skip navigation


Register for Latest Research

Stay Informed
Register with NCJRS to receive NCJRS's biweekly e-newsletter JUSTINFO and additional periodic emails from NCJRS and the NCJRS federal sponsors that highlight the latest research published or sponsored by the Office of Justice Programs.

NCJRS Abstract

The document referenced below is part of the NCJRS Virtual Library collection. To conduct further searches of the collection, visit the Virtual Library. See the Obtain Documents page for direction on how to access resources online, via mail, through interlibrary loans, or in a local library.


NCJ Number: 69984 Find in a Library
Title: Utah State Juvenile Court - Annual Report, 1979
Corporate Author: Utah Juvenile Court
United States of America
Date Published: 1979
Page Count: 34
Sponsoring Agency: Utah Juvenile Court
Salt Lake City, UT 84102
Type: Statistics
Format: Document
Language: English
Country: United States of America
Annotation: Activities of the Utah State Juvenile Court during 1979 are presented; statistical information reflecting juvenile referrals, offenses, dispositions, and demographics are emphasized.
Abstract: The Utah juvenile court system is divided into five districts which are determined by demographic and geographic characteristics. The system handles issues other than traffic offenses involving persons under the age of 18. Judges serve 6-year terms; they are appointed by the Governor and do not stand for reappointment. Departments within the court system include probation, intake, clerical, and administrative. Four basic categories of information are discussed herein including referrals, offenses, children, and dispositions. A referral is a written statement received by the court alleging that a condition exists which, if proved, would bring the person named in the statement within the court's jurisdiction. A referral may originate from police, schools, concerned citizens, or the court itself. An offense is a specific violation of the law for which a juvenile has been referred to the court. Although a juvenile may have one referral to the court during the year, he may have committed multiple violations of the law, each one of which constitutes a separate delinquency offense. The four types of offenses include acts against persons, acts involving property, acts against public order, and acts illegal for children only. A disposition is a decision by the court as to what course of action should be taken regarding the child referred. The basic unit of measurement used by the court is called 'child' or 'person.' For example, in 1979 the court dealt with 15,215 youth who were referred 23,766 times, with 27,765 offenses. The total number of youths involved appears relatively small when it is noted that the total youth population for the State of Utah is 142,829. The most frequently reported delinquent acts include shoplifting, possession of alcohol, theft, burglary, possession of tobacco, destruction of property, possession of marijuana, and contempt of court. By year's end a total of 1,861 youths were placed on probation. The majority of children referred for delinquency were white and were living with the natural parents. Extensive tables and graphs are provided in the report.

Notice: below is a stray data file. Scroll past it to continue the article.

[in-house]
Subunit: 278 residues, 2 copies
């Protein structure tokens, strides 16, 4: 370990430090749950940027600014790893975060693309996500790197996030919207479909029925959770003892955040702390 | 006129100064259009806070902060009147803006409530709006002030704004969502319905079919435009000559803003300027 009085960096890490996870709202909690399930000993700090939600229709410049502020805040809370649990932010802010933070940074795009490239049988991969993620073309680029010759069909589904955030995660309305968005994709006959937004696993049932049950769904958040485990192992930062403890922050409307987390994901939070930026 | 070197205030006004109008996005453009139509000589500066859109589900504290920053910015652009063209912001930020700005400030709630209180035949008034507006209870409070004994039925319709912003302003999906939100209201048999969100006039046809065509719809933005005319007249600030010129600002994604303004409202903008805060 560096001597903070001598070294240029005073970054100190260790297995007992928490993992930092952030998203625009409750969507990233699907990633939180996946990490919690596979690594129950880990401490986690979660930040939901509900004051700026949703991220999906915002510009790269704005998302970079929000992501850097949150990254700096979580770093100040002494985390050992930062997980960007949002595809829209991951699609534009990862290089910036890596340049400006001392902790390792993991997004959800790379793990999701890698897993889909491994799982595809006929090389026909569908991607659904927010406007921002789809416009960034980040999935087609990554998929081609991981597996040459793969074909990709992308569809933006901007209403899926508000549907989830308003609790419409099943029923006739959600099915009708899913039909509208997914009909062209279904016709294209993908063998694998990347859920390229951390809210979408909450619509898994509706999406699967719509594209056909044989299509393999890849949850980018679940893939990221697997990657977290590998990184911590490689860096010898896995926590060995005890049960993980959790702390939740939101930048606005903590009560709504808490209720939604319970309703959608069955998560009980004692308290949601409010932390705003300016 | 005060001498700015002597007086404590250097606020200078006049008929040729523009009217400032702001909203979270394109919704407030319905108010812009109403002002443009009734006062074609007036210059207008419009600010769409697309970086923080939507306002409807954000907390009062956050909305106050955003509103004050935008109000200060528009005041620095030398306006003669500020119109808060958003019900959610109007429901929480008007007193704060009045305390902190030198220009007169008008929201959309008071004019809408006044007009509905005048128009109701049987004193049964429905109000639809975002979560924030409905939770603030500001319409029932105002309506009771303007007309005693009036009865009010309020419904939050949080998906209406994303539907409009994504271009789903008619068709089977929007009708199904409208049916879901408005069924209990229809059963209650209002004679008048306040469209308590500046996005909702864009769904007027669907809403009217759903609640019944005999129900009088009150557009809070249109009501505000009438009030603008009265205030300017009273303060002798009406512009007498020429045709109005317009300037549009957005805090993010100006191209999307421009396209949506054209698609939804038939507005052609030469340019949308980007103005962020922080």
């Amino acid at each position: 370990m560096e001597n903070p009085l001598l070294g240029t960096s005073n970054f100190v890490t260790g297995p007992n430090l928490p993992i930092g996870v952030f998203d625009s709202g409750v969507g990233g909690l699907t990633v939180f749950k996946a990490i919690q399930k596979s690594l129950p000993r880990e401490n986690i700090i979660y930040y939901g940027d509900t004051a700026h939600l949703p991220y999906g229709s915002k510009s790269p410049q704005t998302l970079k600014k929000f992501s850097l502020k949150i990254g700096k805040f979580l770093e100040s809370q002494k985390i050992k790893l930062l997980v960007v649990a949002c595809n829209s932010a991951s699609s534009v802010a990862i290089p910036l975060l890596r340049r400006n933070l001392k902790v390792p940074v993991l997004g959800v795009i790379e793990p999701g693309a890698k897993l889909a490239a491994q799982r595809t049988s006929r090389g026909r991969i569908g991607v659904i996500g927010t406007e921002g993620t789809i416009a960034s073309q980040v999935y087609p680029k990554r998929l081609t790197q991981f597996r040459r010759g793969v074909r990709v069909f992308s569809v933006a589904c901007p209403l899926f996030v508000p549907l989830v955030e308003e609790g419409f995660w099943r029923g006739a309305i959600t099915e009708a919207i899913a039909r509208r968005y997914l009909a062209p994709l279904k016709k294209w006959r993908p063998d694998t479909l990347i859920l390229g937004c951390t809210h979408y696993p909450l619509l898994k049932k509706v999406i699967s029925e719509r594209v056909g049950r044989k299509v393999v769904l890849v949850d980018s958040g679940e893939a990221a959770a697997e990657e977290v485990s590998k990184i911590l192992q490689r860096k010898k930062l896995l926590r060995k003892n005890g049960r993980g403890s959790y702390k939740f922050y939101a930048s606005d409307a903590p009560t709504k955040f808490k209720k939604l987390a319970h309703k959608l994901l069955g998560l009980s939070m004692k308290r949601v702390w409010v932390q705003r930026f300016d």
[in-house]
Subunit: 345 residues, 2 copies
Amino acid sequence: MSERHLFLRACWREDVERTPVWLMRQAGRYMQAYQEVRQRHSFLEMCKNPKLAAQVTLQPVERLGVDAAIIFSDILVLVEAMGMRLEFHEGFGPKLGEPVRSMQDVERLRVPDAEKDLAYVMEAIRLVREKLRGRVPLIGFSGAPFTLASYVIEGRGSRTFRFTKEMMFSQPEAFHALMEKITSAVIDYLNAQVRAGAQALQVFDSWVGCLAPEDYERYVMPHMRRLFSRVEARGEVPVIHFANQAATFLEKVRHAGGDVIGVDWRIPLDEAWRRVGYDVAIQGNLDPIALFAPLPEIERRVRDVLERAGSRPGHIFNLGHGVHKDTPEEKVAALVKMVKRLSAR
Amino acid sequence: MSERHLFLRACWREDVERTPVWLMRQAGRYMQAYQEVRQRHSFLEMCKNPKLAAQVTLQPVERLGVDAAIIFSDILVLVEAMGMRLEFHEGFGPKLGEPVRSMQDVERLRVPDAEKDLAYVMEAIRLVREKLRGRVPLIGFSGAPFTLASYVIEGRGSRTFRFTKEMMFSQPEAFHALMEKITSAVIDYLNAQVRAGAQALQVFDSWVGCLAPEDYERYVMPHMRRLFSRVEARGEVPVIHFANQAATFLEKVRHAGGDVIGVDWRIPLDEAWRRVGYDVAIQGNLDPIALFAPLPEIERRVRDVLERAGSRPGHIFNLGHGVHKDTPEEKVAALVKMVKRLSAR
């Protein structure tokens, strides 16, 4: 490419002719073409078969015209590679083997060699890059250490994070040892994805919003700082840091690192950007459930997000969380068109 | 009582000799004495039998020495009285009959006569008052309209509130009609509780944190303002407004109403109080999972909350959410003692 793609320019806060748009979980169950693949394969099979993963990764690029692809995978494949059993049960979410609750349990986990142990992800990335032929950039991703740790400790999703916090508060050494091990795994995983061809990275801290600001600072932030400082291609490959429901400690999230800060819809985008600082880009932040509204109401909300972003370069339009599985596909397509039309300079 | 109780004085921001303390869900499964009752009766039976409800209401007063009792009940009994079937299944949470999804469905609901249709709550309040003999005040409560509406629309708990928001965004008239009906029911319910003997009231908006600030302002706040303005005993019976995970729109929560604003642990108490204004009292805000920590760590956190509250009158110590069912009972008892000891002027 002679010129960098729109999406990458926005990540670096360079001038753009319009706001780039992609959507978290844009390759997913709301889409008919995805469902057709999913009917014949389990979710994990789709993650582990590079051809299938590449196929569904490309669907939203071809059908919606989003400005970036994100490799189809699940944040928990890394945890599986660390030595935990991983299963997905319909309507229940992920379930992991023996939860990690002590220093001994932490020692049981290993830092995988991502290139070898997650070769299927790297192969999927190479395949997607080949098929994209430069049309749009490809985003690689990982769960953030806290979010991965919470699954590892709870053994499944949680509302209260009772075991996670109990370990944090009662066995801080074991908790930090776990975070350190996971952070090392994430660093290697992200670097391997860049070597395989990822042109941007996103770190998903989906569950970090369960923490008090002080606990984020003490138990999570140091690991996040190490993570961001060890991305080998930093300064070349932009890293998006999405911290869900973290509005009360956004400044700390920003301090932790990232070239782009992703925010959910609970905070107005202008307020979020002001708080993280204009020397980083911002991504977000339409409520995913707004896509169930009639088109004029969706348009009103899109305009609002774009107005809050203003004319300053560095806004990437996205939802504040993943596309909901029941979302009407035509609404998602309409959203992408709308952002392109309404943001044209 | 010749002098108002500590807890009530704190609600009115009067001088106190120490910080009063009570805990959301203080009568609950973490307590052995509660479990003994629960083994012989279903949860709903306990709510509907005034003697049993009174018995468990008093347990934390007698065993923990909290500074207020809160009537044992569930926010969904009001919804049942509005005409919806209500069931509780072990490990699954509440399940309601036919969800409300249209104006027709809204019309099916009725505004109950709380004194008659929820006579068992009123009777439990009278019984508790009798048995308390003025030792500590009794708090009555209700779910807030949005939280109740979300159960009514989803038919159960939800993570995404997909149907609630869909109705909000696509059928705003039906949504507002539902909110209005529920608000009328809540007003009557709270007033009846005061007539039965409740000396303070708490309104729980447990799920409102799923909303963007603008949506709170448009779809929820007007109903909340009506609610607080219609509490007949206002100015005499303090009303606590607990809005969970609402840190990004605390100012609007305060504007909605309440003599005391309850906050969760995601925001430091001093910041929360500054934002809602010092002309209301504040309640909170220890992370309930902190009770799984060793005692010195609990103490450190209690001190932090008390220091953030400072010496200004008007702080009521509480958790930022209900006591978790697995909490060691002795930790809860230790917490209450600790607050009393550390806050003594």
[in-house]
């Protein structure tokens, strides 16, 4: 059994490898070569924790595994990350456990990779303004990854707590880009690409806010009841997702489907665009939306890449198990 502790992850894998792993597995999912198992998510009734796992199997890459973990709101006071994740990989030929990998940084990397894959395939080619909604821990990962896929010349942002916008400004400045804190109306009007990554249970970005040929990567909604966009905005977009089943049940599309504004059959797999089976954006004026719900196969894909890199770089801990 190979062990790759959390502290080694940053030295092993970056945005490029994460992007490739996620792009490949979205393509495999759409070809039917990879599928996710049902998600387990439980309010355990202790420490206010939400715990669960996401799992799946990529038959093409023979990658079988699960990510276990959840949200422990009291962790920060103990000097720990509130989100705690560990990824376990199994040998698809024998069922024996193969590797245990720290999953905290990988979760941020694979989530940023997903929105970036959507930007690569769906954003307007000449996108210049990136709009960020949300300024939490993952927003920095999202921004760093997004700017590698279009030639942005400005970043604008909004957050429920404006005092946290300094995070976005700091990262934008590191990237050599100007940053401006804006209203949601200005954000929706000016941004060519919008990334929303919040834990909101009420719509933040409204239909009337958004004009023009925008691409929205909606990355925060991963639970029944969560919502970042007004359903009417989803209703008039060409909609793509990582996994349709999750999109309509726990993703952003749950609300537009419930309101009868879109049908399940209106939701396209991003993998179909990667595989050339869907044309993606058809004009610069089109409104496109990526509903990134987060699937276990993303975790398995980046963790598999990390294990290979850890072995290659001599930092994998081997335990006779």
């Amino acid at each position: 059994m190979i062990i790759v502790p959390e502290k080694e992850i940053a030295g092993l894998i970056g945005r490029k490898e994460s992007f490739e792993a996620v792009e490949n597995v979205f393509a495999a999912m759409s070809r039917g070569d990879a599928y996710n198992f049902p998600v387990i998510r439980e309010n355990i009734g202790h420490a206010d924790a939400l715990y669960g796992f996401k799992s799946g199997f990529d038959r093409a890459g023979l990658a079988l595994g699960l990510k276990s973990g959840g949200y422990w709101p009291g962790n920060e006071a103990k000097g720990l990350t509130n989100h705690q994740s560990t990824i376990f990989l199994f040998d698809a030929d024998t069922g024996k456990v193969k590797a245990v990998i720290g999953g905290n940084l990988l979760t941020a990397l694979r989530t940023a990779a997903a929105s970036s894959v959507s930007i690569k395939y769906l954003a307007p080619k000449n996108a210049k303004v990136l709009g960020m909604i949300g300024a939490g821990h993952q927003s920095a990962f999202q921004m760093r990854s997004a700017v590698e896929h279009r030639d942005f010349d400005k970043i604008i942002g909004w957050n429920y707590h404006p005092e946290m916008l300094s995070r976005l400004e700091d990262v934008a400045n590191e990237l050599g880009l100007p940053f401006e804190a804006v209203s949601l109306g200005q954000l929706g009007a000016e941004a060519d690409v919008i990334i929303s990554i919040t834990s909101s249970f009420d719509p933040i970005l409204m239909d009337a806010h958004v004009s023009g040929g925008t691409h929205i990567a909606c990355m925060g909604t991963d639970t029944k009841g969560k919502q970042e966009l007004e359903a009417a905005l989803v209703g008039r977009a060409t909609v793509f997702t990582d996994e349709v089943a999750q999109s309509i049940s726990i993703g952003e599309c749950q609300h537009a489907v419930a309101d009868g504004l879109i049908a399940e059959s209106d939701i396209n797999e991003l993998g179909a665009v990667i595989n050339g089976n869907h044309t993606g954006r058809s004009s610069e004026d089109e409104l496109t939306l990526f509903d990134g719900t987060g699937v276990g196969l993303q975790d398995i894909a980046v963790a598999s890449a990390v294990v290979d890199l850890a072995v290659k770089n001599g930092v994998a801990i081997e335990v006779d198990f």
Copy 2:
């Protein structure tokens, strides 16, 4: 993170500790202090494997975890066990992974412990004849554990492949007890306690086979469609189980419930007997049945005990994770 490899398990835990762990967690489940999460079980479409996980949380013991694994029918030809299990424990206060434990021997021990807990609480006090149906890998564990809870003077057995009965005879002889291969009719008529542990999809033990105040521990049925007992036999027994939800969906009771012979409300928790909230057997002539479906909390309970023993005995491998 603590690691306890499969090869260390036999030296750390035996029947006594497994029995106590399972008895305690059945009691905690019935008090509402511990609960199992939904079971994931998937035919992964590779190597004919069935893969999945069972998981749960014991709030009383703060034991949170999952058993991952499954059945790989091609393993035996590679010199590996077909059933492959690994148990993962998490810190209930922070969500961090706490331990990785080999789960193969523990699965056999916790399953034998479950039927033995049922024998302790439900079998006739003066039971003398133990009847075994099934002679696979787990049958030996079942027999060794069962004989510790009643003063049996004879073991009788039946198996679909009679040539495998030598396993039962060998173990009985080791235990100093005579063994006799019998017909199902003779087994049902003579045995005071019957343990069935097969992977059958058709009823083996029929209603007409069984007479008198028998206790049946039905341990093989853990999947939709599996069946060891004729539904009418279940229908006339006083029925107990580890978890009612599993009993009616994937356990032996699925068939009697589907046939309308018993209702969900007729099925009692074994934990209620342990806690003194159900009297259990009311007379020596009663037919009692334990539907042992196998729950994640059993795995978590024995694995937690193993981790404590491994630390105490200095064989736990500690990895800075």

Index Term(s): Court statistics; Juvenile courts; State courts; Utah
To cite this abstract, use the following link:

*A link to the full-text document is provided whenever possible. For documents not available online, a link to the publisher's website is provided. Tell us how you use the NCJRS Library and Abstracts Database - send us your feedback.